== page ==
I saw the following essay posted on Facebook recently and feel it is the perfect “Think About It Thursday” post. I will admit I didn’t use cloth diapers on Kristen and I don’t remember glass milk bottles, but I do remember our family’s push lawn mower and my mom’s clothesline, which she still uses to this day. With Austin’s brand new ban of single use bags, this couldn’t be more timely.
Checking out at the store, the young cashier suggested to the older woman that she should bring her own grocery bags because plastic bags weren’t good for the environment.
The woman apologized and explained, “We didn’t have this green thing back in my earlier days.”
The young clerk responded, “That’s our problem today. Your generation did not care enough to save our environment for future generations.”
She was right — our generation didn’t have the green thing in its day.
Back then, we returned milk bottles, soda bottles and beer bottles to the store. The store sent them back to the plant to be washed and sterilized and refilled, so it could use the same bottles over and over. So they really were truly recycled.
But we didn’t have the green thing back in our day.
Grocery stores bagged our groceries in brown paper bags that we reused for numerous things, most memorable besides household garbage bags was the use of the brown bags as book covers for our schoolbooks. This was to ensure that public property (the books provided for our use by the school) was not defaced by our scribblings.
But too bad we didn’t do the green thing back then.
We walked up stairs because we didn’t have an escalator in every store and office building. We walked to the grocery store and didn’t climb into a 300-horsepower machine every time we had to go two blocks.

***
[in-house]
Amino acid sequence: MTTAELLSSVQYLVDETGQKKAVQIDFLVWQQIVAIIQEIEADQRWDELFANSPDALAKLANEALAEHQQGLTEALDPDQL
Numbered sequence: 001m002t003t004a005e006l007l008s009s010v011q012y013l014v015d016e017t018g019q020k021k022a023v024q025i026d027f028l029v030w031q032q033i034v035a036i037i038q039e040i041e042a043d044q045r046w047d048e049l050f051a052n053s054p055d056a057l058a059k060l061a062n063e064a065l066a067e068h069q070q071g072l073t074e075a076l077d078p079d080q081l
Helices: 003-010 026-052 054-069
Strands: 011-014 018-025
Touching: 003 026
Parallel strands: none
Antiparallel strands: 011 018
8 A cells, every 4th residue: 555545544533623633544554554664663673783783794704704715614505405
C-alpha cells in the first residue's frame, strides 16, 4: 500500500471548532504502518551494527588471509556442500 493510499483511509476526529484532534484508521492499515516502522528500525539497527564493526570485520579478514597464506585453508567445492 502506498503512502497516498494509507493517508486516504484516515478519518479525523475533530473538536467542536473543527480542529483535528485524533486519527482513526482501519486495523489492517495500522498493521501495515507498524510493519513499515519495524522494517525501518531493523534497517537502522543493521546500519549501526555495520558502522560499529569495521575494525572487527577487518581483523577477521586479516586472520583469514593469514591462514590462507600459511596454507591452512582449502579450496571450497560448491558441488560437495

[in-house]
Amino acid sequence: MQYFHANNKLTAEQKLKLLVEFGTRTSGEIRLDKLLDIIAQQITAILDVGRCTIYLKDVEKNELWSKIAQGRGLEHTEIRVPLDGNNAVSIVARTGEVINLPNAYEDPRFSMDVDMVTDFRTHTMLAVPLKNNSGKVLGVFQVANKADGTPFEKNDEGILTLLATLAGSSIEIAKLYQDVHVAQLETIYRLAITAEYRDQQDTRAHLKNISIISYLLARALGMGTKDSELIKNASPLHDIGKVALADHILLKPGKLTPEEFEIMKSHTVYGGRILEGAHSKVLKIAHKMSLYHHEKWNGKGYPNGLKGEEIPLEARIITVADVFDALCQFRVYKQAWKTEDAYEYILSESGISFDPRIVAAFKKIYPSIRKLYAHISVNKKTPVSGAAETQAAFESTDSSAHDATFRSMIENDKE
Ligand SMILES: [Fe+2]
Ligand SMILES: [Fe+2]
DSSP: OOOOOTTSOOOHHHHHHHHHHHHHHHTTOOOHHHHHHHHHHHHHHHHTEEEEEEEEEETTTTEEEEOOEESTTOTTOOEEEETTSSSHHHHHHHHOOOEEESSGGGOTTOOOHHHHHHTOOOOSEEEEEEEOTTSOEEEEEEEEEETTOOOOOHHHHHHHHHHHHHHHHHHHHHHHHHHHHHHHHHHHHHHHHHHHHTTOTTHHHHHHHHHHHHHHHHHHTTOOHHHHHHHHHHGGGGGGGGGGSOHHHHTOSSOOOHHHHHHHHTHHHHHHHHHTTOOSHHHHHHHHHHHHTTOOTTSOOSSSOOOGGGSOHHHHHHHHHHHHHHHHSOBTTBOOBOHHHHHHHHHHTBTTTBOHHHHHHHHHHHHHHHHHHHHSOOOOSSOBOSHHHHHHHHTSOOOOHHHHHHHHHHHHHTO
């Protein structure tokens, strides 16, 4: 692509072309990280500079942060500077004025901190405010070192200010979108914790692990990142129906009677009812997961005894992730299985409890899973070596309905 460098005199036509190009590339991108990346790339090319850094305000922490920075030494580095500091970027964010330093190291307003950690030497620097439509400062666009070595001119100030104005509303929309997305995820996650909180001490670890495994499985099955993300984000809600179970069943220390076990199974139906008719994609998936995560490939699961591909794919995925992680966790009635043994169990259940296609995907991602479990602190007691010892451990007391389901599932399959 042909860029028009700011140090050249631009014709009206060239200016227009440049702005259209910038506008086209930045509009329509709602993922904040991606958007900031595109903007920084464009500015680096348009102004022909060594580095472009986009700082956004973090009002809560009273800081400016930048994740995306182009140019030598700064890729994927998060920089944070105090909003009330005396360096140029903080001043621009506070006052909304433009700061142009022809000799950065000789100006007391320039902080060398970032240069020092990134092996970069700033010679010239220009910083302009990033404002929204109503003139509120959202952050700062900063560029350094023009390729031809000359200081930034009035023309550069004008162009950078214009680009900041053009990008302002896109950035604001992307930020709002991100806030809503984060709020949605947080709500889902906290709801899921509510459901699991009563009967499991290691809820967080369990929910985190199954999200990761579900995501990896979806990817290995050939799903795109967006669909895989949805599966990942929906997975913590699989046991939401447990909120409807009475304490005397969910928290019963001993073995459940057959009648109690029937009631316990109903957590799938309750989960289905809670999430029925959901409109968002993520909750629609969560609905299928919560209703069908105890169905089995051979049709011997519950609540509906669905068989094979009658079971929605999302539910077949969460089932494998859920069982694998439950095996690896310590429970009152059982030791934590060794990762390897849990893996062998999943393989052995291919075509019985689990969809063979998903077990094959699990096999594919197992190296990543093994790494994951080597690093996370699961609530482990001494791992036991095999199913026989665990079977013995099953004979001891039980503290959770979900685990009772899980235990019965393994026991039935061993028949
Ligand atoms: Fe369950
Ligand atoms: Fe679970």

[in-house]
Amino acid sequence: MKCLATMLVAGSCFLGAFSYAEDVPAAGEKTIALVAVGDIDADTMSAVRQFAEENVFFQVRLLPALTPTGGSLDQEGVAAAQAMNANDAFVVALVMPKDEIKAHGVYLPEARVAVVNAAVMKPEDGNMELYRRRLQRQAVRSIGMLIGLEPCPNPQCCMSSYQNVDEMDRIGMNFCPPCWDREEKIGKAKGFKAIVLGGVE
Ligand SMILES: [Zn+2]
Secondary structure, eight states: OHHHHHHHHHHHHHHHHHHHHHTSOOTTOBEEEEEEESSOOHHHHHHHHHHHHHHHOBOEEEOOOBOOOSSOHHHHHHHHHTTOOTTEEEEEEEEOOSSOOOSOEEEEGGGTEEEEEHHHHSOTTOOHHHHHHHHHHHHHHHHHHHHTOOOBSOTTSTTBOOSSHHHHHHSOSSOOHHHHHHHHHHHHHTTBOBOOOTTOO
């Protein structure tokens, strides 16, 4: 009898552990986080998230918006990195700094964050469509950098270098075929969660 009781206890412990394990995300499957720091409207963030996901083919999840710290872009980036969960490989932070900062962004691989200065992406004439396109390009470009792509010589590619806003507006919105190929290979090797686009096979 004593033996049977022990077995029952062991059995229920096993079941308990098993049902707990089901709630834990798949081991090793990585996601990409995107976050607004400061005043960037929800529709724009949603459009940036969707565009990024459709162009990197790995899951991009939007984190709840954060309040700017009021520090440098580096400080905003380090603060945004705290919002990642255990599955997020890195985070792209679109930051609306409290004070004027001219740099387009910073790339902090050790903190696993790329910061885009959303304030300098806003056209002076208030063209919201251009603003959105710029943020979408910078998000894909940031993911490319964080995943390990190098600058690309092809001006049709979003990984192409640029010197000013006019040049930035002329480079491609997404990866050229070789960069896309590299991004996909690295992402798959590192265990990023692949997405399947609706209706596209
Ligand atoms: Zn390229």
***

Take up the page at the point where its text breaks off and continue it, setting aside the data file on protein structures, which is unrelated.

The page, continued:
But she was right. We didn’t have the green thing in our day.
Back then, we washed the baby’s diapers because we didn’t have the throw-away kind. We dried clothes on a line, not in an energy-gobbling machine burning up 220 volts, and used wind and solar power to dry clothes on a clothes line. Kids got hand-me-down clothes from their brothers or sisters, not always brand-new clothing.
But that young lady is right; we didn’t have the green thing back in our day.
Back then, we had one TV or radio in the house, not a TV in every room. And, the TV had a small screen the size of a handkerchief, not a screen the size of Montana. In the kitchen, we blended and stirred by hand because we didn’t have electric machines to do everything for us. When we packaged a fragile item to send in the mail, we used wadded up old newspapers, not Styrofoam or plastic bubble wrap. Back then, we didn’t fire up an engine and burn gasoline just to cut the lawn. We used a push mower that ran on human power. We exercised by working and playing so we didn’t need to go to a health club to run on treadmills that operate on electricity.
But she’s right; we didn’t have the green thing back then.
We drank from a fountain when we were thirsty instead of using a cup or a plastic bottle. We refilled writing pens with ink instead of buying a new pen, and we replaced the razor blades in a razor instead of throwing away a whole plastic razor when the blade gets dull.
But we didn’t have the green thing back then.
Back then, people took the streetcar or a bus and kids rode their bikes to school or walked instead of turning their moms into 24-hour taxi services. We had one electrical outlet in a room, not an entire bank of sockets to power a dozen appliances. And we didn’t need a computerized gadget to receive a signal beamed from satellites 23,000 miles out in space in order to find the nearest burger joint or our friend’s house.
Isn’t it sad that the current generation laments how wasteful we old folks were just because we didn’t have the green thing back then?!